Wednesday Gerry and I went to lunch with four other faculty members and we had an interesting discussion that ranged from Kerouac to the Beats to the Vietnam War veterans movement to history of the 50s and 60s. That afternoon we ran into a former student of mine, Taresa, who is on her own Keroucian adventure and after a lively discussion we told her about the presentation that evening (which she ended up attending). Wednesday evening Gerry gave a public talk, "Why Jack is Back," focusing on why Jack and the Beats were back to change our lives once again. Before a crowd of about 30 people (students, faculty, and community members), Gerry expounded on several things the Beats stood for: human interaction (community, presence, companionship); the evil of materialism; and, the dignity, value, and divine spirit in every human being. He gave plenty of time for questions at the end and there were a number of very thoughtful ones. Gerry demonstrated his profound knowledge of not only Jack Kerouac and the Beats but also about literature in general as well as the history of the United States. After the presentation we got ice cream, and Gerry had apple pie to go with it "in honor of Jack."
Thursday we had a late lunch and then it was time for class #2. Gerry managed that class as a purely Q & A about Kerouac, the Beats, the On the Road movie, etc. I had asked the students to prepare five questions for Gerry and they kept the class moving along. I'm sure the students learned a lot because Gerry was addressing topics in which they were interested. At our invitation, Taresa and a friend attended class and we had another spirited discussion afterwards. We had to break it off as we were heading to join Crystal in Hallowell to read at an open mike at Hattie's Chowder House (Maine!). Gerry read about five of his poems, included the excellent one about Gregory Corso's ashes (click here and scroll down), and I read four (all from my poetry blog). Then we headed home to make it an early evening since we had to get up at 6 AM Friday to give us time to make his return flight to California.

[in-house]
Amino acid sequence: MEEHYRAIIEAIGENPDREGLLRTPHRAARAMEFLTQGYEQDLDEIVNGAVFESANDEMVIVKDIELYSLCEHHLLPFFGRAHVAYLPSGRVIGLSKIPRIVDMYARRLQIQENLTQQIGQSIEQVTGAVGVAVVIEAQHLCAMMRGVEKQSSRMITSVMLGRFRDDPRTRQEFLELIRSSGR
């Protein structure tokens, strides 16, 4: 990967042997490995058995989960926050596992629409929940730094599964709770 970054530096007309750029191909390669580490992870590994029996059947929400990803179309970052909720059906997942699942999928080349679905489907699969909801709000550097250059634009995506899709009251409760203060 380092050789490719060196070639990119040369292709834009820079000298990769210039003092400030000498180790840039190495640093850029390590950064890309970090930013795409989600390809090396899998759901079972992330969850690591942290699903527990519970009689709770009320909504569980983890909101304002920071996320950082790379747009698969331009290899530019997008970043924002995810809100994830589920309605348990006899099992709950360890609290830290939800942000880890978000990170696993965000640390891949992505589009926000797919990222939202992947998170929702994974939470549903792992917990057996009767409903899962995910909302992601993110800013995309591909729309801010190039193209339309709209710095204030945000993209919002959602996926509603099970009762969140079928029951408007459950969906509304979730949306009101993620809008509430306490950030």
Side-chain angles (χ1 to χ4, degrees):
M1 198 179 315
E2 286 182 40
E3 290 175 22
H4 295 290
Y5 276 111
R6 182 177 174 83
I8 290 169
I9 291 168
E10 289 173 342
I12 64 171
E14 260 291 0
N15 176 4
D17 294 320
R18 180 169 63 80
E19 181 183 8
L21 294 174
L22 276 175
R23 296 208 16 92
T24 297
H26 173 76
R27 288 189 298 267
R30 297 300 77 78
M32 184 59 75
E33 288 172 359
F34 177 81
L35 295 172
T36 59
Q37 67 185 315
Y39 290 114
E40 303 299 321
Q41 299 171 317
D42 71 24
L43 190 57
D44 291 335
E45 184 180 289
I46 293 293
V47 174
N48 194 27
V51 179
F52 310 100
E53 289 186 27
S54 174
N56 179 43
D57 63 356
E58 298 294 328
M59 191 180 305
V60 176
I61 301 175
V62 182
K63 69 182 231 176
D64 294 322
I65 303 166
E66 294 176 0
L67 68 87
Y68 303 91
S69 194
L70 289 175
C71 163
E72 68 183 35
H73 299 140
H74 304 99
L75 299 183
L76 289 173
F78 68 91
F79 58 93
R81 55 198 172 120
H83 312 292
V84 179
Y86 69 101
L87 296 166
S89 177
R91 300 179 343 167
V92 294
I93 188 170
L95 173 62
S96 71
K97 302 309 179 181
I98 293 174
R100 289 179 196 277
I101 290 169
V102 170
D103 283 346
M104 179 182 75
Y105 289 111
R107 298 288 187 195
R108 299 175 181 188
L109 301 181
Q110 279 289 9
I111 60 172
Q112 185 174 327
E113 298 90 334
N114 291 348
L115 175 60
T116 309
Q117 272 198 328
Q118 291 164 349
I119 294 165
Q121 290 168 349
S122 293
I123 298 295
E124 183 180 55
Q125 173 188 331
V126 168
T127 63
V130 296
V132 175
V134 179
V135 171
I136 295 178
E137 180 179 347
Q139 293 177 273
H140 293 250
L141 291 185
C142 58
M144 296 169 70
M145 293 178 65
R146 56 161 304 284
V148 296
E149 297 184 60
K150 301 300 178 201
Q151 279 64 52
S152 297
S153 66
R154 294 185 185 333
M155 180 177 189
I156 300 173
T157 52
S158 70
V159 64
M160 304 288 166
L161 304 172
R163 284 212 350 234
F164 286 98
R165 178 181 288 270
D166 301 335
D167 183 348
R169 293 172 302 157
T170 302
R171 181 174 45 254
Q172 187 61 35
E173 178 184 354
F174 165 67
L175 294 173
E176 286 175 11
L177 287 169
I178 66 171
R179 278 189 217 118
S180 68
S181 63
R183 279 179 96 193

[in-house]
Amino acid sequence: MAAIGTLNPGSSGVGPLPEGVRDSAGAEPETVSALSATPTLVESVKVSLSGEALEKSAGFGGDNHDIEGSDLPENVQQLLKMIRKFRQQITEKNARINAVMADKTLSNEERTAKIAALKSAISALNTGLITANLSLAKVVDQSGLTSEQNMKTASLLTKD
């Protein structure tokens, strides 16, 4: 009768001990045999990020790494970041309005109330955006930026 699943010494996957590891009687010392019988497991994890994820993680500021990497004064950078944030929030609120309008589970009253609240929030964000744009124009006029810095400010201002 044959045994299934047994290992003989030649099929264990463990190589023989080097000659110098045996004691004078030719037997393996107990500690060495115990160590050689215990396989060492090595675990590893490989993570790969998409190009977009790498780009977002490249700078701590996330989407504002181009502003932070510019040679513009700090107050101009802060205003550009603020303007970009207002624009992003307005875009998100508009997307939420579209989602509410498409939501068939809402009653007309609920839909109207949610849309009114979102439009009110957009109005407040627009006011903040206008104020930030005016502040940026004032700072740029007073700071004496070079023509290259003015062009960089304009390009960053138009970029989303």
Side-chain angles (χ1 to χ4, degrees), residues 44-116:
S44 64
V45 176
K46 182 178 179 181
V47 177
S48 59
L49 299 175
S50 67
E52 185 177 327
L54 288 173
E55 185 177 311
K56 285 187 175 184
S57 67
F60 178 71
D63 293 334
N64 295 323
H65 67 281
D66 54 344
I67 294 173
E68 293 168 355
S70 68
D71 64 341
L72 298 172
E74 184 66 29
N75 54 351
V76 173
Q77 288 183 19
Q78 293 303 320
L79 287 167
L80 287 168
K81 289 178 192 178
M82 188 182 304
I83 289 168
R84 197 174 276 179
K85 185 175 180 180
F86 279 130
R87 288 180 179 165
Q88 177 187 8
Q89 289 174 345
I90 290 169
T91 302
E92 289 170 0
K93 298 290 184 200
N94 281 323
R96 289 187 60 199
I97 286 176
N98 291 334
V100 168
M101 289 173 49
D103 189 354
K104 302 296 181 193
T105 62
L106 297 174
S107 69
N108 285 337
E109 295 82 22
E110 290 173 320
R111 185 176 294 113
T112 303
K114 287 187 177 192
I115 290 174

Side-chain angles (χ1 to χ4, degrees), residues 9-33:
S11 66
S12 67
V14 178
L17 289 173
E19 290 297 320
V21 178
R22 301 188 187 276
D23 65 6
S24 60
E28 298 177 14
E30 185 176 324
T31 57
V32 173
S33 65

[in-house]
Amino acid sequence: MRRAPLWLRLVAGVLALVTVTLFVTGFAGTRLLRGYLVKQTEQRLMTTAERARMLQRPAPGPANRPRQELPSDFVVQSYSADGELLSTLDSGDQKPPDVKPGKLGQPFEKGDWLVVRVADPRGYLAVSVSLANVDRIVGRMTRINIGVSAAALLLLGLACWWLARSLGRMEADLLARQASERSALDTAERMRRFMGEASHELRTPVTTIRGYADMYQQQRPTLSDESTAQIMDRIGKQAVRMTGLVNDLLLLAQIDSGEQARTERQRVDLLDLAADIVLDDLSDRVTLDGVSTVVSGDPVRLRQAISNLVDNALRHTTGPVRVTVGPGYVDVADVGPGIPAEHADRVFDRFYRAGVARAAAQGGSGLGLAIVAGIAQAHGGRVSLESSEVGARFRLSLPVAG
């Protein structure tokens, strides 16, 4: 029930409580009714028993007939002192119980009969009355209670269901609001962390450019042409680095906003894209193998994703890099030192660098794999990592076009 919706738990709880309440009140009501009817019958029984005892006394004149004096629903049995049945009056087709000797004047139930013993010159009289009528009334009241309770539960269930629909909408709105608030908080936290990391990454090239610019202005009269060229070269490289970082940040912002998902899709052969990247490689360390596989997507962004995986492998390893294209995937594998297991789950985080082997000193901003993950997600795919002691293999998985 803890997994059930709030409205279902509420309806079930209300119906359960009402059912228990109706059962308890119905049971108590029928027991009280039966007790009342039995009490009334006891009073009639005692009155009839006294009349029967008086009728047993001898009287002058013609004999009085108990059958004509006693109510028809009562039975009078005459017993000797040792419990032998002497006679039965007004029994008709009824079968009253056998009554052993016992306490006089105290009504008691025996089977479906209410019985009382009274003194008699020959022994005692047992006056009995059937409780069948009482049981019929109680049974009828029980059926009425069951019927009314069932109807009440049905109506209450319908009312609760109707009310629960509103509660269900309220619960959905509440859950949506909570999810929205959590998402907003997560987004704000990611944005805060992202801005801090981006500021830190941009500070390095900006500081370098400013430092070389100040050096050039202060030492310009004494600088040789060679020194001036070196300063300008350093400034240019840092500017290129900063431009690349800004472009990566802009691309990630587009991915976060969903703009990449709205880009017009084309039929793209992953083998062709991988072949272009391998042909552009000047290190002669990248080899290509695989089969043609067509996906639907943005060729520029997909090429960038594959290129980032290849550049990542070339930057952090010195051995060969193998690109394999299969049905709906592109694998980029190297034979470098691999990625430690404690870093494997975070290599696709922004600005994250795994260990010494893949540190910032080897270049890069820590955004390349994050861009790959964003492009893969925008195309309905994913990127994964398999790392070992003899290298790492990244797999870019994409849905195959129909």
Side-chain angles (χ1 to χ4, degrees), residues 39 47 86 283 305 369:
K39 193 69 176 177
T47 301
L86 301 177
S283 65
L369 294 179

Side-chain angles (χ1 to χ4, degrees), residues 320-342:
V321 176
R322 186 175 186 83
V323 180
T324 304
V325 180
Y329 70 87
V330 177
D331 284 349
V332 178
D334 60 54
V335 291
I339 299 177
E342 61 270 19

Friday morning we headed for Portland International Jetport and said our goodbyes. Gerry is part of a panel at the Salem State University Kerouac Symposium on May 2 and 3 (click here), so he will be back east in a week. It's three hours away and I'm tempted to go.
Throughout the week, we had lots of opportunities to talk, and our conversations invariably turned to Kerouac and the Beats. I stand in awe of Gerry's knowledgeand ability to retrieve and share it. Period.
It was a great week and a number of students and faculty and community members - including me - know a lot more about Jack Kerouac and the Beats.
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Nicosia can't be "beat" (get it?); he is The Man when it come to Kerouac scholarship.
I wonder if he's planning any updates to his work, it's been many years since he (first) wrote it.